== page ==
As the sun rose over Tempe on a recent Tuesday, Kevin Brown took to the streets
with a singular mission: help count the number of homeless men and women who had spent the night outside.
The temperature registered a brisk 46 degrees and Brown bundled up in a jacket and black
ski hat, prepared for several hours that would be spent ducking under bridges, peering into makeshift homes and walking through thick brush to find people not always seen.
It was his second year taking part in the Point in Time Homeless Count, a Valleywide homelessness during a set window of time. The count is vital for cities, as the totals help determine how much federal funding they receive to serve people who are homeless.
In Tempe’s case, that funding helps drive an ambitious goal to end homelessness. Since 2016, Tempe has been engaged in an intensified effort to make measurable progress in ending what is a pervasive, complicated, national issue in a compassionate way.
Ending homelessness does not mean there will never be another homeless person in Tempe. It refers to a state known as “functional zero,” meaning that the efficiency and availability of assistance services locally and regionally will be built up to enable future
incidences of homelessness to be reduced, nonrecurring and brief.
In this state of functional zero, the availability of services exceeds the need.
The Human Services Department, Tempe Police, Tempe Fire Medical Rescue, the Public
Works Department and Tempe Municipal Court are coordinating the city effort.
They have researched the size, scope and scale of homelessness in Tempe, and they have devised and are executing measurable solutions. They work regionally as much as possible, because homelessness knows no borders.
The Tempe City Council has directed additional funding to the effort and is pursuing policy-related solutions such as a Housing First approach to homelessness. Because the council also believes that all residents have a right to clean, safe parks, an important component of the effort has been park-cleanup measures, especially in the Papago Park region, where encampments continue to occur.
Regional count is piece of puzzle
The Point in Time count on its latest mission, coordinated by the Maricopa Association of
Governments, drew hundreds of volunteers who scoured their communities to create a snapshot of the homeless population.
Tempe recruited 73 volunteers to walk the streets. The city worked to get donations of food
and toiletries, partnering with Tempe Community Action Agency for some items. The city also used grant money from the Gila River Indian Community to purchase bus passes that could be handed out.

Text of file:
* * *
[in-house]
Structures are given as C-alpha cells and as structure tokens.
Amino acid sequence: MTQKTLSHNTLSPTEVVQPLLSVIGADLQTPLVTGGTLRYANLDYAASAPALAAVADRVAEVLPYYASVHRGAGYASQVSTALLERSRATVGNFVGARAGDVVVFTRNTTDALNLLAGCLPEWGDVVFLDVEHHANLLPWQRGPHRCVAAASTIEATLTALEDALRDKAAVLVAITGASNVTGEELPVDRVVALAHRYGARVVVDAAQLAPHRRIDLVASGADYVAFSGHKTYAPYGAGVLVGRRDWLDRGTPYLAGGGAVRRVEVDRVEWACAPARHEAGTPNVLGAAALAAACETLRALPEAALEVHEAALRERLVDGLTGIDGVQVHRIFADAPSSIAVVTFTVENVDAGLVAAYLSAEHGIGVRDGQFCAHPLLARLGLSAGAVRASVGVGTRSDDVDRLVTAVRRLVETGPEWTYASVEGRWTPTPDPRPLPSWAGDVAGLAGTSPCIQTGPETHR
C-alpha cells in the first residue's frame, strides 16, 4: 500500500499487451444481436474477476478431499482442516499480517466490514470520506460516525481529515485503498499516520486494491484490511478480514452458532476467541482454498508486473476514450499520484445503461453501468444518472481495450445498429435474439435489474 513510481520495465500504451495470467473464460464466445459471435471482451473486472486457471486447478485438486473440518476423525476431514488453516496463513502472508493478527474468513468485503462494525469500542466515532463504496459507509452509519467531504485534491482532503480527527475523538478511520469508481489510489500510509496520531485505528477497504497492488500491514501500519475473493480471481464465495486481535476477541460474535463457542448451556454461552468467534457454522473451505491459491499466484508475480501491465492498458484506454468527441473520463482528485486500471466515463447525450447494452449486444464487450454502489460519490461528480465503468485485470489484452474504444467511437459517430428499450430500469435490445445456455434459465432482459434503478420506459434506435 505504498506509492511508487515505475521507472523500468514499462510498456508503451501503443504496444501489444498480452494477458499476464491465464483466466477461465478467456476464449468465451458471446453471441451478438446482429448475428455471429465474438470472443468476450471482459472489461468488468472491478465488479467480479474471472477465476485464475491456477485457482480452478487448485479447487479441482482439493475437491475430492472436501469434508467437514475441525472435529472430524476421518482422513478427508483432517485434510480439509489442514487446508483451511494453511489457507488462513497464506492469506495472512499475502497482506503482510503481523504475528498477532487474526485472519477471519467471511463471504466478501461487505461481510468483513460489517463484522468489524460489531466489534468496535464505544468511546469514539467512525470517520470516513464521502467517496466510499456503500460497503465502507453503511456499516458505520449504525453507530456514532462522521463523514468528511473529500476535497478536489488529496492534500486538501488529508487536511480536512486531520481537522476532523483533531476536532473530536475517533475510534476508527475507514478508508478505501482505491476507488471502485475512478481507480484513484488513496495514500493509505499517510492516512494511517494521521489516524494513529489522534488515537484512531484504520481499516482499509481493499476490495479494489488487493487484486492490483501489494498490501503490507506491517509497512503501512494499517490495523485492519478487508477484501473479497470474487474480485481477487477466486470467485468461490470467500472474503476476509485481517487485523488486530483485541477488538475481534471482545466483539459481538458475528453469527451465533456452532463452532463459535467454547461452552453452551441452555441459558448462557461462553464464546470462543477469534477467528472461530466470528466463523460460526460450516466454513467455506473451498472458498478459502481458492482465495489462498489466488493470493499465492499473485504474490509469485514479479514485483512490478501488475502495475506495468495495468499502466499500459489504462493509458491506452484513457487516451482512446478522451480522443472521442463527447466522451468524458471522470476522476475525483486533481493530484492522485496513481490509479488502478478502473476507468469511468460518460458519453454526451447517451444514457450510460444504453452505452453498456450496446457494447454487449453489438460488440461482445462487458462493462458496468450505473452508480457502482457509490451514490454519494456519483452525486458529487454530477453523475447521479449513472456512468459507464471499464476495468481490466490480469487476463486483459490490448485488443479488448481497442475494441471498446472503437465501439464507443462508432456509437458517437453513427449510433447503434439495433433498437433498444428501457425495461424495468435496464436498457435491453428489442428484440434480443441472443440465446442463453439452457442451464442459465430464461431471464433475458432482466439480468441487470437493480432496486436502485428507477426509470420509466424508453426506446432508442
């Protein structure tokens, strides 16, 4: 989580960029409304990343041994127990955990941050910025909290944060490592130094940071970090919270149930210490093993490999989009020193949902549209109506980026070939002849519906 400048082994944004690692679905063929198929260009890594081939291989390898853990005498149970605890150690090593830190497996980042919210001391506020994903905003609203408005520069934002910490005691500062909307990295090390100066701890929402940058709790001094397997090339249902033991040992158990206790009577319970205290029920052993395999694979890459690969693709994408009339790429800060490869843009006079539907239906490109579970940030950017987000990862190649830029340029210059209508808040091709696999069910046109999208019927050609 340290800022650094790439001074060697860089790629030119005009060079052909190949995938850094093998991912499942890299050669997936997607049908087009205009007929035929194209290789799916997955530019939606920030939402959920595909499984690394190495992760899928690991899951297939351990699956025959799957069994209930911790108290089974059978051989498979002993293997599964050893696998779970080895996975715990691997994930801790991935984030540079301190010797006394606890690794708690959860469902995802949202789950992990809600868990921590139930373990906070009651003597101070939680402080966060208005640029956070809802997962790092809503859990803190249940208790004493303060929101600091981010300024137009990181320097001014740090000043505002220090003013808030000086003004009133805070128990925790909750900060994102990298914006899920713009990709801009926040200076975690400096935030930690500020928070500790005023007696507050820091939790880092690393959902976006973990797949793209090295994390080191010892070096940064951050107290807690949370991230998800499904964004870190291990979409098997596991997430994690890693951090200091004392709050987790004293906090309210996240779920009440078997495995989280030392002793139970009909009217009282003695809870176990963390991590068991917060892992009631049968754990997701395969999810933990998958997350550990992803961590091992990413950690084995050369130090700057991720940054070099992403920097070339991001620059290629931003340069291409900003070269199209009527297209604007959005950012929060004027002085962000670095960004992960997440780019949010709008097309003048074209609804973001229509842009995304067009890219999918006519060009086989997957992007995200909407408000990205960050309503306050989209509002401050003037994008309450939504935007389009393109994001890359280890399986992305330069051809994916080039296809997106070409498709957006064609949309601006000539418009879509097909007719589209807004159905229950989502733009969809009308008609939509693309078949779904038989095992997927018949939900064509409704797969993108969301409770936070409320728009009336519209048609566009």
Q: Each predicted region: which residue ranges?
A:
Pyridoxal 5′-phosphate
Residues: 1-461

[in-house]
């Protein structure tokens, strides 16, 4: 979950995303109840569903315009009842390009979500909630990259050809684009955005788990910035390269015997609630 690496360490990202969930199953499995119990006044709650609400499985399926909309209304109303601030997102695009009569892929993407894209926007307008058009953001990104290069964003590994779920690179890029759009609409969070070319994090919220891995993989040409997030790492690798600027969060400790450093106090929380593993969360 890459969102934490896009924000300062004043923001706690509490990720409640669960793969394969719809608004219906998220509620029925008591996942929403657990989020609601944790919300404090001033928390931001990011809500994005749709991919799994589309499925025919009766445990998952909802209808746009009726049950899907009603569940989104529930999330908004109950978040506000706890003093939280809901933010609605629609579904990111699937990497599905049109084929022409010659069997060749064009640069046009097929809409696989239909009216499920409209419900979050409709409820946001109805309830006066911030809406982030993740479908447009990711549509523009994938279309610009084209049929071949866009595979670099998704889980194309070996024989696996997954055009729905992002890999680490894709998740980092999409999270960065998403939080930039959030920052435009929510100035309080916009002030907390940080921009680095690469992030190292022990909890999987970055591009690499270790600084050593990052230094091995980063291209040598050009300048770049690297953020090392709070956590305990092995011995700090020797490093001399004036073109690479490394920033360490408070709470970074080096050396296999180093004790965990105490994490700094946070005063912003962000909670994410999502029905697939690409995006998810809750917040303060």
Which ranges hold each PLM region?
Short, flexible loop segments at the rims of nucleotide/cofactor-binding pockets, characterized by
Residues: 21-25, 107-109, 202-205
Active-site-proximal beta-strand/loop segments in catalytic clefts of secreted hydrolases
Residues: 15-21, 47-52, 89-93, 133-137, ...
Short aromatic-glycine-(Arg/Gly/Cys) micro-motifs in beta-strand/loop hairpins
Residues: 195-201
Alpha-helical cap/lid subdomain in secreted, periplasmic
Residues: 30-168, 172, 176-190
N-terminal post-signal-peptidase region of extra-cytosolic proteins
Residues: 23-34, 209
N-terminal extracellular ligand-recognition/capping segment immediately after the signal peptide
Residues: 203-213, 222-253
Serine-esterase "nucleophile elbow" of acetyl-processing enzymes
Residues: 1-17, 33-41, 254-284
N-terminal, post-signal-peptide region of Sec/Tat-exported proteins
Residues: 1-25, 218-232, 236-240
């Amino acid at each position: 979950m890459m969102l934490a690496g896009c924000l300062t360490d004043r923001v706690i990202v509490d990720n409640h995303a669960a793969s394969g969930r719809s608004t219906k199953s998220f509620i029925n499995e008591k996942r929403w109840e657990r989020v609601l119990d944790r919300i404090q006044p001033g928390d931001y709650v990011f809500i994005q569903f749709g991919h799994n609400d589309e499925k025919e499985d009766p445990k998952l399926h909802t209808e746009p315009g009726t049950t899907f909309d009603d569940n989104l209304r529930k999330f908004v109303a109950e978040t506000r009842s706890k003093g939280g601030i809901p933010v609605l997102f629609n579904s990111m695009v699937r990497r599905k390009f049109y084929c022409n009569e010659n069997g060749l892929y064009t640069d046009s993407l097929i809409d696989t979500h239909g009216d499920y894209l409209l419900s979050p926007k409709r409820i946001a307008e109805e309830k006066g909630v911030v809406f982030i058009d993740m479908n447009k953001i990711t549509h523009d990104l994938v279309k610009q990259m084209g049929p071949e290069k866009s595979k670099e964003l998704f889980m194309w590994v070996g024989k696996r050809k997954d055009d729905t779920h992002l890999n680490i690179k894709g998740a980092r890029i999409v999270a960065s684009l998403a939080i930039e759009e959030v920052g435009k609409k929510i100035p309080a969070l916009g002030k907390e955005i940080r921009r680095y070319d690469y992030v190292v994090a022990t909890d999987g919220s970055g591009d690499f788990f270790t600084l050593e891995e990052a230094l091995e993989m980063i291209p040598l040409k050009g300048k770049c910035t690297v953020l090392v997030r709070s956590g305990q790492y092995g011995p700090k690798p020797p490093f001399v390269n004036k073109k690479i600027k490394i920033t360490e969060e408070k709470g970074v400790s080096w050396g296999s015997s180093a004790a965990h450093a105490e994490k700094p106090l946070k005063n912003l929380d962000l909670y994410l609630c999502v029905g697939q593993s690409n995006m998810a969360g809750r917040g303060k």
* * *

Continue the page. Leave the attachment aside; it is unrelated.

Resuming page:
Behind-the-scenes volunteers sewed backpacks to hold snacks and informational cards about community services.
Volunteers on the street spent roughly five hours assessing and counting as many people as they could. Last year, volunteers counted 202 homeless people. Preliminary results from this year show approximately 250 people counted.
Giving back to the community
On Tuesday, Brown and three other volunteers on Team #2 set out about 7:30 a.m. in search of encampments near Loop 202 and McClintock Drive. The volunteers came from very different walks of life – a parks department retiree turned chaplain, a new mom working in the nonprofit arena, an outreach coordinator for Tempe’s library, and Brown, 69, semi-retired from his IT career.
But their common thread – compassion – was easy to see on that day. Shaking hands with
strangers. Offering granola bars to ease hunger. Listening patiently.
And, in a few lighter moments, sharing a laugh. Having volunteered for the 2017 PIT count, Brown was the veteran of the group. It wasn’t a role he expected to have.
Brown and his wife have lived in north Tempe’s Hudson Manor for more than two decades, and have seen homeless people in their neighborhood park over the years. He considered them a nuisance as he walked his dog in the park each day and suspected that children would avoid the area because of their presence. He often called the police and wrote letters
to the City Council.
“Ever since I’ve lived here, I’ve complained about it,” Brown said.
But when he learned about the PIT count last year, he decided it was time to do more than
complain. He signed up to help.
“It was pretty eye opening,” Brown said. “I guess I have the same prejudices that other
people have who haven’t been homeless.”
“The impression you get is they don’t want to work (but) everybody we talked to had a health or mental health issue or drug and alcohol problem, or just bad luck like losing a job,” he said.